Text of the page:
LEE: So what's really interesting about this documentary, what I'm at once fascinated by, intrigued by, but also frustrated by, is how the directors, Coodie and Chike, sort of operate within his life. Because it seems very true to their experience in that they act as the really concerned friend who want to be there as, like, a presence but don't really know what to make of that otherwise. And I think that also kind of speaks to, I guess, the isolation in his career at this moment. Because like you said, Stephen, like, fame and success, especially to the extent that Kanye has experienced, very, very few of us are going to understand that in each other's lifetimes. There's a reason why Kanye invokes Michael Jackson as a point of comparison because he might have been the only other person to really have understood that.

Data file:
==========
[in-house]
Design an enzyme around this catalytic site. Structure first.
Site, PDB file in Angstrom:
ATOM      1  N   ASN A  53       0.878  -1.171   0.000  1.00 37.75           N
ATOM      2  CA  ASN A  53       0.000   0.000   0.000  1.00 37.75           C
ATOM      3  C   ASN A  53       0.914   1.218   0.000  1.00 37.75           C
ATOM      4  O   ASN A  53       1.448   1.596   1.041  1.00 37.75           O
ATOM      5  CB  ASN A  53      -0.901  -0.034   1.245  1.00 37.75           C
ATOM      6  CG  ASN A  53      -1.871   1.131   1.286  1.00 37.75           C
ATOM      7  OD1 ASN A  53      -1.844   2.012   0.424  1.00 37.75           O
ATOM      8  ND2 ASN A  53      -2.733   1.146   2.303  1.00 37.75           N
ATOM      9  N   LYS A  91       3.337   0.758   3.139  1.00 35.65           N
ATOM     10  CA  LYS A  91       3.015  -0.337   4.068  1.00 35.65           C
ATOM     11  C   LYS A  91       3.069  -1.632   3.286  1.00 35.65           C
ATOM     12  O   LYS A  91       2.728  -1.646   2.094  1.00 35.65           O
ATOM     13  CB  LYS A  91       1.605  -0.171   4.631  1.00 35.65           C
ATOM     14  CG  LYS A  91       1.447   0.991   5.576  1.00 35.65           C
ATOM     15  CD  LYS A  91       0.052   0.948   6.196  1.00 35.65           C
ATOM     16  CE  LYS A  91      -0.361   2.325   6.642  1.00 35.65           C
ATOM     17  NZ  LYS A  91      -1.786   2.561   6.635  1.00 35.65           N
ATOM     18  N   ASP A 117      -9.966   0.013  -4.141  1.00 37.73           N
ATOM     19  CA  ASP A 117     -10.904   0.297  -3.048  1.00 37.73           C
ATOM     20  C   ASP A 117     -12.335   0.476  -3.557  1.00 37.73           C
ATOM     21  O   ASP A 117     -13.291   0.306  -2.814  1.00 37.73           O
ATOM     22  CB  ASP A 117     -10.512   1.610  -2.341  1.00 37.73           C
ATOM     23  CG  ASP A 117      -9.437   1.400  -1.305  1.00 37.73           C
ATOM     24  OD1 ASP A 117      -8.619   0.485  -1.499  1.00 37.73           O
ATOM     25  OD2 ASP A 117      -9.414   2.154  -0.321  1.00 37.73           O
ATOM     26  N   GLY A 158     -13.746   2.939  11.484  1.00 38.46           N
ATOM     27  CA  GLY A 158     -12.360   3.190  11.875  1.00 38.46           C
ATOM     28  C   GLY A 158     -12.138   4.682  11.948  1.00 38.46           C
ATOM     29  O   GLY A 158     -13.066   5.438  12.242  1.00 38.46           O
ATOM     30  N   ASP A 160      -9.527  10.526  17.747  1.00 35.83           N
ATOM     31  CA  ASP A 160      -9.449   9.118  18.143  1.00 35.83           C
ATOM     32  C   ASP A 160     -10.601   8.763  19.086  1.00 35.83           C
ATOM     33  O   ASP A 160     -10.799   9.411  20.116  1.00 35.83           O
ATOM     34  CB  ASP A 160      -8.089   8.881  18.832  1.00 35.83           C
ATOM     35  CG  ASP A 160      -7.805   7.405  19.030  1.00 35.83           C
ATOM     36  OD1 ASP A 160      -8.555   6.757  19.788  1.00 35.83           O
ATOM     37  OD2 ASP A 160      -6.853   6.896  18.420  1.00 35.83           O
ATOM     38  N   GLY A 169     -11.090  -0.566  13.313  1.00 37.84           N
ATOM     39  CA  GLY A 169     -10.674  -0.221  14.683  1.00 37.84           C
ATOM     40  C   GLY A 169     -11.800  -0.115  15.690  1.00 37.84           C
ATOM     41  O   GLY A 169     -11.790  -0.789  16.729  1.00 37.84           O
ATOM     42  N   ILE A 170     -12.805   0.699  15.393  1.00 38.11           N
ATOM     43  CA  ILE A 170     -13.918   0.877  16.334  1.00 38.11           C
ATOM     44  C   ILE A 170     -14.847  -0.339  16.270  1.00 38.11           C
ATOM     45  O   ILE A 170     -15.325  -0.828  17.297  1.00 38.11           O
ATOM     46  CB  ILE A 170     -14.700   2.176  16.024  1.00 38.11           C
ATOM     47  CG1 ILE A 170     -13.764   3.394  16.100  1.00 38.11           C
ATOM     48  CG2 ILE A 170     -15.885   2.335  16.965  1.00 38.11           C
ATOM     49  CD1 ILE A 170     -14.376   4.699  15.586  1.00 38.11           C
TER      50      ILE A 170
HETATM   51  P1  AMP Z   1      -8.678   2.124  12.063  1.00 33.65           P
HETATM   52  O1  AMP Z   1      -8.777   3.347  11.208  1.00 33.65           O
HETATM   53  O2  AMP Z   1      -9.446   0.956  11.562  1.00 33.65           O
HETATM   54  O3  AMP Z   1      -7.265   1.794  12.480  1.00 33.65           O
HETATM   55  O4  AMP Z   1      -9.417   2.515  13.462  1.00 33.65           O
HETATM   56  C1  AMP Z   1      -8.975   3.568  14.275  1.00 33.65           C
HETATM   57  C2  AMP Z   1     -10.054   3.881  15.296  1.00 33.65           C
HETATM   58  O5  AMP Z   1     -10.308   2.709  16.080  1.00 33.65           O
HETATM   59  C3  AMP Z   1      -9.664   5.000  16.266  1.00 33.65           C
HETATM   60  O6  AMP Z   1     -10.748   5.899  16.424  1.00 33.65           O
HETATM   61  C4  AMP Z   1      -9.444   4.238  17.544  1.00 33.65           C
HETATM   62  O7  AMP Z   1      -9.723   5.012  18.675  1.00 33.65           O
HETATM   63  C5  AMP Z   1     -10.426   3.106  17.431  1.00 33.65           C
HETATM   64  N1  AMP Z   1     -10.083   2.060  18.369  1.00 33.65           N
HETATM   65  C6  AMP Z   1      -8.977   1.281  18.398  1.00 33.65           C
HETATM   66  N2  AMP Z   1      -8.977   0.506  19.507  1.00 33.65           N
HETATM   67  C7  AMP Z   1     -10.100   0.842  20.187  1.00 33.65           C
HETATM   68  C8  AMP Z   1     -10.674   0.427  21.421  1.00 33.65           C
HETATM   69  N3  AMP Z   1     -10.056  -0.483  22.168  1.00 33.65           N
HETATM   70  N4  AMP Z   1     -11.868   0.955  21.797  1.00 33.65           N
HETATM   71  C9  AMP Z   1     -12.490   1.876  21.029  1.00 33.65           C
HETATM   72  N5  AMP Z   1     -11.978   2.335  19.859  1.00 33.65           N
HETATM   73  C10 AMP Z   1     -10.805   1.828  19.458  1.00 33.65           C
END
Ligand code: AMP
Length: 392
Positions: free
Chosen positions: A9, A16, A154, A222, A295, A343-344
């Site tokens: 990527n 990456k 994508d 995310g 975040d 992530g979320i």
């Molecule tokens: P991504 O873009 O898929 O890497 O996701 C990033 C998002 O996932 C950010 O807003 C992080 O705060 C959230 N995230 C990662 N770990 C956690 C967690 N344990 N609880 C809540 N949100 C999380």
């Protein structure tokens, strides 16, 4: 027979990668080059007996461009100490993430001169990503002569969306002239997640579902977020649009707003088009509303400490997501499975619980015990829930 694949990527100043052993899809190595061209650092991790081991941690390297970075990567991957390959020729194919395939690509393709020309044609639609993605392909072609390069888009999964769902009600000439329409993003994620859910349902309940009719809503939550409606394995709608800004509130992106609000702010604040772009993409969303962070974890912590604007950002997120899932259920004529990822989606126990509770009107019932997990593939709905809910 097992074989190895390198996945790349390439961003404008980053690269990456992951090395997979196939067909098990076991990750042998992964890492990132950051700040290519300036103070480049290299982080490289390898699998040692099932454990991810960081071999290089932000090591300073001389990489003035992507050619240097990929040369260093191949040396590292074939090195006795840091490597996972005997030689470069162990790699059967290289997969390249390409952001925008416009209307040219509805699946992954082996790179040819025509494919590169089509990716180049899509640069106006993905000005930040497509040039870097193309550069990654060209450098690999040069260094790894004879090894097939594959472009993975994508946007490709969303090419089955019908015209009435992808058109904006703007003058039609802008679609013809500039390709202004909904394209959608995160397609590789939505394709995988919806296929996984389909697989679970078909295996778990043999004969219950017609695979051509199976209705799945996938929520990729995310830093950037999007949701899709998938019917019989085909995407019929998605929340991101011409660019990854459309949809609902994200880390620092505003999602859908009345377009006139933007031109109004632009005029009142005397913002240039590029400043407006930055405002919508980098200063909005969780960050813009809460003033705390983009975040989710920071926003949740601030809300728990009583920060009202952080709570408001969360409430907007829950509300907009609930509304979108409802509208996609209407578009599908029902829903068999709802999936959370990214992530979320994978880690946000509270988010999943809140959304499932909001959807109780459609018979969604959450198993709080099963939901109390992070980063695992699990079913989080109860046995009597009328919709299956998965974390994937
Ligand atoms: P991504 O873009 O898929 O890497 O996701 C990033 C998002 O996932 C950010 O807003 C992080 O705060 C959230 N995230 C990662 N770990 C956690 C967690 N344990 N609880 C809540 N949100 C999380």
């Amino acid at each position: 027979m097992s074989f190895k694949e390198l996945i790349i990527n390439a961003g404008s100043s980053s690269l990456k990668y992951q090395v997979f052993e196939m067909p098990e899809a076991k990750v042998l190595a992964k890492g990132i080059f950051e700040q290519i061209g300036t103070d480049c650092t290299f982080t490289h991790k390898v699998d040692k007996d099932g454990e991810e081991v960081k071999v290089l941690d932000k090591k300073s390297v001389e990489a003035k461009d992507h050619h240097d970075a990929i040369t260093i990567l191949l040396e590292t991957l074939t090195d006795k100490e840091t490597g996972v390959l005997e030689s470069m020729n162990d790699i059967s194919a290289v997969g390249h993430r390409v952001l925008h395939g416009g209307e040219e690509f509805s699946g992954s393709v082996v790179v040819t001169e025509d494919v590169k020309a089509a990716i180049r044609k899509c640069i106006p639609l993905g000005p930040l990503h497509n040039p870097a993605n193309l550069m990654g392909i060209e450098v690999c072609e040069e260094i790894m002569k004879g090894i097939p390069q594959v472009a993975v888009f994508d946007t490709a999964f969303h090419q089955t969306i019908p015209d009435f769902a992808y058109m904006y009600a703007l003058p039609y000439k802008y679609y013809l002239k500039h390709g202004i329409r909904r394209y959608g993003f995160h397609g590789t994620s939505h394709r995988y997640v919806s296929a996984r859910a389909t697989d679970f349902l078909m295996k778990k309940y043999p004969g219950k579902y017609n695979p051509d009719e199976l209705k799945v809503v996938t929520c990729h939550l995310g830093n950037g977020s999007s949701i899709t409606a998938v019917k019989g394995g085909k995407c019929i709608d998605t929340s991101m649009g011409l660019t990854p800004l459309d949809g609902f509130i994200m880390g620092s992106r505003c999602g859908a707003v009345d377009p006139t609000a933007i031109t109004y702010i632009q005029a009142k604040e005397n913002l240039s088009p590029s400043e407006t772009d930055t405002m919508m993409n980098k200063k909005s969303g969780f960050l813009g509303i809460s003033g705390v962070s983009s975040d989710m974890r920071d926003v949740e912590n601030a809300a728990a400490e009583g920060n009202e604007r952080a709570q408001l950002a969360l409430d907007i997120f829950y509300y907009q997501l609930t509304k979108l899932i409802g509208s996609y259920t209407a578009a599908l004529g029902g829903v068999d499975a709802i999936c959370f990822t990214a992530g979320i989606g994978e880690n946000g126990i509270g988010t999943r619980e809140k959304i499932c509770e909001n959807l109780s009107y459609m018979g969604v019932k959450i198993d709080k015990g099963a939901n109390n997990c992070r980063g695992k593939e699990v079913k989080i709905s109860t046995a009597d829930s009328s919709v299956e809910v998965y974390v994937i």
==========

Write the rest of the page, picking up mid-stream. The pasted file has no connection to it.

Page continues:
And I think in terms of just the documentary itself, once you look at it as like, this isn't a documentary that's going to explain Kanye, this isn't a documentary that's going to give you both sides of Kanye - this is Kanye through the eyes of Coodie. That's literally all this is. And that's why it even stops. It's like they drifted apart or whatever you want to call, but there's a gap in footage. And I think Coodie's like, I didn't talk to the man for an X amount of time, so I don't have that footage. And so I now look at it as like, this is the Kanye story, according to Coodie's camera. And I now have an easier time digesting what I've been watching if I look at it through that lens.